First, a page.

In my freshman year of college, I registered for a class called “The Bible as Literature.” Man, was I excited about this class. If any college subject resonated with me, it had to be the Bible. Certainly, I knew a lot of what would be taught and would ace the class.
I got a B.
I looked on in dismay and horror as others in the class, some of whom claimed to have no connection with Christianity, received the much-coveted A. How was this even possible?
Looking back, I realized the problem was that I held onto a fairly literal interpretation of the Bible. Metaphors, similes, allegories–these were all literary devices that weren’t relevant when it came to reading the Bible, at least I told myself. What’s more, having to find the irony or alliteration in a Bible passage took away from the pleasure of reading. (Note that this is how I viewed, and continue to view most comparative literature assignments.)
There is a much deeper reason why I chose not to view the Bible through literary devices. If I did, I would have given myself the chance to believe that the Bible was simply a work of fiction, that some really creative writers added stories throughout thousands of years to create two books with very detailed, very engaging fictionalized people and events. The idea that the foundation of what you’ve believed in your whole life could be fake is terrifying, but ultimately it’s something with which you must deal.
And so yesterday, while I was sitting in church, questions came flooding into my head as I listened to the readings. Why did Jesus start his ministry in Capernaum, a tiny dot of a town? Why was his first act there to drive out an evil spirit from a man inside the synagogue? Was Capernaum chosen simply because of its nice location near the sea? Does the evil spirit represent darkness in the soul of man in general? Is this Jesus character just an intriguing figure with superhuman powers who meets his fate due to the cruelty of mankind? Is the Bible a bunch of ancient fairy tales full of metaphors and other literary devices?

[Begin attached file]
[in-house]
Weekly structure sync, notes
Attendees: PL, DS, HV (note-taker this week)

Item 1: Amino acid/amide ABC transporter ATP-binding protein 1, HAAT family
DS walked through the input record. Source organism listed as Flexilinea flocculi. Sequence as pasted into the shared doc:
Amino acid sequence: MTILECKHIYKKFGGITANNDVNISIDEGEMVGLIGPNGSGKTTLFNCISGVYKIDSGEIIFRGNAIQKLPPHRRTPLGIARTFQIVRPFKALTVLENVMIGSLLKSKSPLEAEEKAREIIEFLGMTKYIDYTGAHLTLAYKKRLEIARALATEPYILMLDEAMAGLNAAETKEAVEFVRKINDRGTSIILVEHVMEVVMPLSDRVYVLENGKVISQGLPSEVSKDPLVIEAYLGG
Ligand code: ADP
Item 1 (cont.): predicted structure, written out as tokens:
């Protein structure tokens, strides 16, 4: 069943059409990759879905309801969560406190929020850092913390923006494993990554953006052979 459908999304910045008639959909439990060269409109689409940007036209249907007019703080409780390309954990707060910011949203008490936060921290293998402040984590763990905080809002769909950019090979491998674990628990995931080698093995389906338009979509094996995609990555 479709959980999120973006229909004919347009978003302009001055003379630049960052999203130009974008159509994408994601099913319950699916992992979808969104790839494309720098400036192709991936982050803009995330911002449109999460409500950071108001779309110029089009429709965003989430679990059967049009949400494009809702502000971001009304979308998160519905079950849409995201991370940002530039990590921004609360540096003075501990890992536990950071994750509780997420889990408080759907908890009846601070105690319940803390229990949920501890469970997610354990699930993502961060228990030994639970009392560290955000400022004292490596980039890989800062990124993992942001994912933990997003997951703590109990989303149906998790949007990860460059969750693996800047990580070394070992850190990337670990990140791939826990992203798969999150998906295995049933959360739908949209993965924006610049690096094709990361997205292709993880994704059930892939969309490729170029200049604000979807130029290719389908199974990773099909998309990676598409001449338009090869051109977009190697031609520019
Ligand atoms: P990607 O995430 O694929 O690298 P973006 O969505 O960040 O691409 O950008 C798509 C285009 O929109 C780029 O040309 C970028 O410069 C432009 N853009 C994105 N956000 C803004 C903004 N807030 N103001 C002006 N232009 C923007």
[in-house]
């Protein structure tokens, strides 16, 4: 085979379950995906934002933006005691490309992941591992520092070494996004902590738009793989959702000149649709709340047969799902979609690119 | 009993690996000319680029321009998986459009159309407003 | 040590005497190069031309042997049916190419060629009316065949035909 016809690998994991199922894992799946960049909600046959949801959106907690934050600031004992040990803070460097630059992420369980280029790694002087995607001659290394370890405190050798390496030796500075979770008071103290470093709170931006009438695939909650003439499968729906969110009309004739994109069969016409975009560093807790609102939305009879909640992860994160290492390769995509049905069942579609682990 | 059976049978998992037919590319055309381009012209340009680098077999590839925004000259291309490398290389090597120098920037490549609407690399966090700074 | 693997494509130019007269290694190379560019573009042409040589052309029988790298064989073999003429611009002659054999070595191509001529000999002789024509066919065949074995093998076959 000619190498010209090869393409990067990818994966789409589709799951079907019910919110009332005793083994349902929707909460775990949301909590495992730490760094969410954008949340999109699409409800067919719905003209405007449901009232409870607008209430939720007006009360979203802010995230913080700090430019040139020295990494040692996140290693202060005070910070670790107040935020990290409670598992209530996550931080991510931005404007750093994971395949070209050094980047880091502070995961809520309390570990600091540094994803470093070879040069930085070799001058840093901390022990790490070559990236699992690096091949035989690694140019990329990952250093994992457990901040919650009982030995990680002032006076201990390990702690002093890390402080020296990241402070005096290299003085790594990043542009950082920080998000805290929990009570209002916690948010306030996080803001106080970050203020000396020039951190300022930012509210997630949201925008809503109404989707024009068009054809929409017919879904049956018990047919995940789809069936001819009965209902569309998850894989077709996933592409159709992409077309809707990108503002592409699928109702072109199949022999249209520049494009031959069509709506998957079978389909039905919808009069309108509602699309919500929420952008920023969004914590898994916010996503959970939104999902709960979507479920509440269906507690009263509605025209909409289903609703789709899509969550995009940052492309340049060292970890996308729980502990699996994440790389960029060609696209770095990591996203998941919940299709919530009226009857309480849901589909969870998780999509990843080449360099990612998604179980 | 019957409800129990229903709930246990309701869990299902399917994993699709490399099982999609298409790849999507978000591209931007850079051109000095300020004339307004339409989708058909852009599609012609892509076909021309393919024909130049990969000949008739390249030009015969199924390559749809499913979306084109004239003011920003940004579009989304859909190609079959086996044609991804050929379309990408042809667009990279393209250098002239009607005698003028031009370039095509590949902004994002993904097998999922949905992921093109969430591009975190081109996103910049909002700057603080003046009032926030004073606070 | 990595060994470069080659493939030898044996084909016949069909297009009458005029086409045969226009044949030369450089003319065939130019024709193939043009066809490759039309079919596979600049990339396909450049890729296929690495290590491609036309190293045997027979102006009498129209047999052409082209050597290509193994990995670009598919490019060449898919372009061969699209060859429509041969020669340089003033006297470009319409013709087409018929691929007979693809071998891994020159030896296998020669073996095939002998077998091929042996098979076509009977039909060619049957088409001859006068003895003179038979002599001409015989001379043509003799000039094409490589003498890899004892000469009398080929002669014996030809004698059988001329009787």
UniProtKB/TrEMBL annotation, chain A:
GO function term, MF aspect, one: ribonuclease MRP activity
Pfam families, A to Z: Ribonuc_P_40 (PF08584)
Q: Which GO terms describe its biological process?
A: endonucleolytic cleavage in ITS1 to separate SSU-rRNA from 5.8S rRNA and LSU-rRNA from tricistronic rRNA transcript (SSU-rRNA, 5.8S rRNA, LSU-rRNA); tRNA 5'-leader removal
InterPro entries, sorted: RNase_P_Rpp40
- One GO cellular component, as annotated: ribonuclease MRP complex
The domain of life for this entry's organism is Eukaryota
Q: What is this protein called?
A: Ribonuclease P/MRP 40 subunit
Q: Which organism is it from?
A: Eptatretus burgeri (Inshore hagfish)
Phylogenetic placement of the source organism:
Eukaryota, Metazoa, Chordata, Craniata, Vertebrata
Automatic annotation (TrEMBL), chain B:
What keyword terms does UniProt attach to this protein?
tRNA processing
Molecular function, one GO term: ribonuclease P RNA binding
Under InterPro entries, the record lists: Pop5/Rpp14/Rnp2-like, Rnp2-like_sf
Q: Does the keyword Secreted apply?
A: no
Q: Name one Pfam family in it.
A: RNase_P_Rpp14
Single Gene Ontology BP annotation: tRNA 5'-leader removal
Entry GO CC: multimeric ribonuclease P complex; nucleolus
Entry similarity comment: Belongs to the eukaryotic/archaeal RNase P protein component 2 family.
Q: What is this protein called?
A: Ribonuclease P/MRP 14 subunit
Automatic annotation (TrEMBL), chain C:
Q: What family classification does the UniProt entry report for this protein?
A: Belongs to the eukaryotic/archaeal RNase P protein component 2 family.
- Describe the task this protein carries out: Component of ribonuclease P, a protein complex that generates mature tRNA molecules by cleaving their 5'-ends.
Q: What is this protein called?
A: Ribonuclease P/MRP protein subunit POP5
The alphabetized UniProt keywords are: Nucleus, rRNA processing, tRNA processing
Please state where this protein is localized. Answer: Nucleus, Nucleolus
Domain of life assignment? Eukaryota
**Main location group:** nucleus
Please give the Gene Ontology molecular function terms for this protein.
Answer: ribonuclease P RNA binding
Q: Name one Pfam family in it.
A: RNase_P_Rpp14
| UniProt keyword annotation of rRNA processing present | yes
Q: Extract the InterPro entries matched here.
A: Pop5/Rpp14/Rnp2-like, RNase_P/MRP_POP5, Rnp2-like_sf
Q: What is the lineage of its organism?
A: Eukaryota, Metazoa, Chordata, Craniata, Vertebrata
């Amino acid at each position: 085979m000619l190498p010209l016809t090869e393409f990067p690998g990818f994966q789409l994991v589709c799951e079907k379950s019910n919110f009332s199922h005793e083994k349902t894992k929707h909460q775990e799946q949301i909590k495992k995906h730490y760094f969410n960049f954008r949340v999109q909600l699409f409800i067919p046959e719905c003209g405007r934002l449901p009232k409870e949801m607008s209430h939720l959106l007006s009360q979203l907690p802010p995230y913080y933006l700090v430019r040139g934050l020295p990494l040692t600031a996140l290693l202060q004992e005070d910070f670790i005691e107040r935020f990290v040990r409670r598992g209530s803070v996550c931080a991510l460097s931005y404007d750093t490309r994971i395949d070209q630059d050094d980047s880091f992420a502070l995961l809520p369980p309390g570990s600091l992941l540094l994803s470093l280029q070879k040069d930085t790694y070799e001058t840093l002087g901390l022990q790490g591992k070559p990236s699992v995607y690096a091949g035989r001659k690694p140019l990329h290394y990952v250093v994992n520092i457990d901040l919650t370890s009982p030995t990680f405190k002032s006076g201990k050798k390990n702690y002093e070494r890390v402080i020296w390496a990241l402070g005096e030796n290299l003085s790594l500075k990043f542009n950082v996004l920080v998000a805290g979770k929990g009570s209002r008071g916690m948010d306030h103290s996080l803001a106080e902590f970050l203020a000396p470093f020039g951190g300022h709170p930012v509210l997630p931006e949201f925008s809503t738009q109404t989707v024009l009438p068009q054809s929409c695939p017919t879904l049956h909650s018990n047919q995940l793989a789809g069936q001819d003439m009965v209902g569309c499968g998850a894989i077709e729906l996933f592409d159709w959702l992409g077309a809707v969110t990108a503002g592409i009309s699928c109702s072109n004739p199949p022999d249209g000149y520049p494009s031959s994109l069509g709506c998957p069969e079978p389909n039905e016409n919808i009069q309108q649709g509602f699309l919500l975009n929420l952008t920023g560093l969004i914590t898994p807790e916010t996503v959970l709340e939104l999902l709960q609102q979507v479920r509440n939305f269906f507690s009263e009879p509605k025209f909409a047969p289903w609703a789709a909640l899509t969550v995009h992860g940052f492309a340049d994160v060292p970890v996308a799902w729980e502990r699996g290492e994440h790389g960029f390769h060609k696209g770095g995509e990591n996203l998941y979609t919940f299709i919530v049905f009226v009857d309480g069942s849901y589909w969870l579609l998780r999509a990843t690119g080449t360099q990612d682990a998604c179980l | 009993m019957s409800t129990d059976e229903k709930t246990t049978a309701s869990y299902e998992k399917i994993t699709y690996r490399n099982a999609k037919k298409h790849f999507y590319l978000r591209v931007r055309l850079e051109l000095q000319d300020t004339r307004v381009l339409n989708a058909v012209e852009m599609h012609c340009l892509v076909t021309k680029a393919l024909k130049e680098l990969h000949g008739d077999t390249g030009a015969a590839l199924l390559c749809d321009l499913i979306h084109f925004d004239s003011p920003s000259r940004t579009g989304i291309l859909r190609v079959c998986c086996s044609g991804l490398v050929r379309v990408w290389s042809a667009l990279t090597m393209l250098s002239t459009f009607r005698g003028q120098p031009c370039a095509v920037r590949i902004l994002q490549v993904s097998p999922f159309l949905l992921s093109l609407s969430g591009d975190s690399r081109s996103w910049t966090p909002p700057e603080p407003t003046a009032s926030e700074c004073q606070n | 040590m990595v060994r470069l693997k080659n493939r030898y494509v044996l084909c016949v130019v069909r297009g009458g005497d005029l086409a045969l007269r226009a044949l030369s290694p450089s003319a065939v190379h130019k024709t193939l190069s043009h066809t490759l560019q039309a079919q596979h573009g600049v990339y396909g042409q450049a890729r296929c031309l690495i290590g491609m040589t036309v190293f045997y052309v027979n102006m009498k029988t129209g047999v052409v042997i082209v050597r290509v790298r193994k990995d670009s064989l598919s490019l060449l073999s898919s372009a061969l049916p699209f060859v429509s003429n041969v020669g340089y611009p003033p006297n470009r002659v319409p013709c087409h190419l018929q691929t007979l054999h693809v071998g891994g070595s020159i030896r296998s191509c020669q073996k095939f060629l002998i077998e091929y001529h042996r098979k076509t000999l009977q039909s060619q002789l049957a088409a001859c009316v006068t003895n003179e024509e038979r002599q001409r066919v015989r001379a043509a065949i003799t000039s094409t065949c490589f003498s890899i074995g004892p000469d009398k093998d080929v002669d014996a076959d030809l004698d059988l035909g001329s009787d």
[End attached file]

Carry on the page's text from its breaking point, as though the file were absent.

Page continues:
I had to shut my mind down so I wouldn’t become overwhelmed. No writing, no thinking about any of this for the rest of the day. And this morning, I had a mini-revelation. The Bible is a book written by many authors. It does feature metaphors, similes, etc. It does tell the tale of great people who were brought down by evil forces, only to be lifted up again. But that doesn’t mean it can’t be true.
If the stories sometimes seem beyond belief, maybe that’s because some of the most famous characters in the book possessed a faith that most of us can’t begin to comprehend. That’s why Abraham was willing to sacrifice his son if God told him to, why James and John and the rest of the disciples left their previous lives to follow Jesus, and why lepers and sinners believed that Jesus would heal them. Faith is the theme of the whole book.
Even if some stories turn out to be embellished, they can still teach us lessons. Lot’s wife being turned into a pillar of salt for looking back as they escaped Sodom? Couldn’t that mean we should keep looking forward and not cling to our old ways? Isn’t that plausible? I think so.
There’s no reason why you can’t have a phenomenal piece of literature that proclaims some of the greatest stories ever told. And, if you look at it that way, the greatest storyteller of them all is God, the creator of all things, even literary devices. If only I had figured that out as a college freshman. That A would have been mine.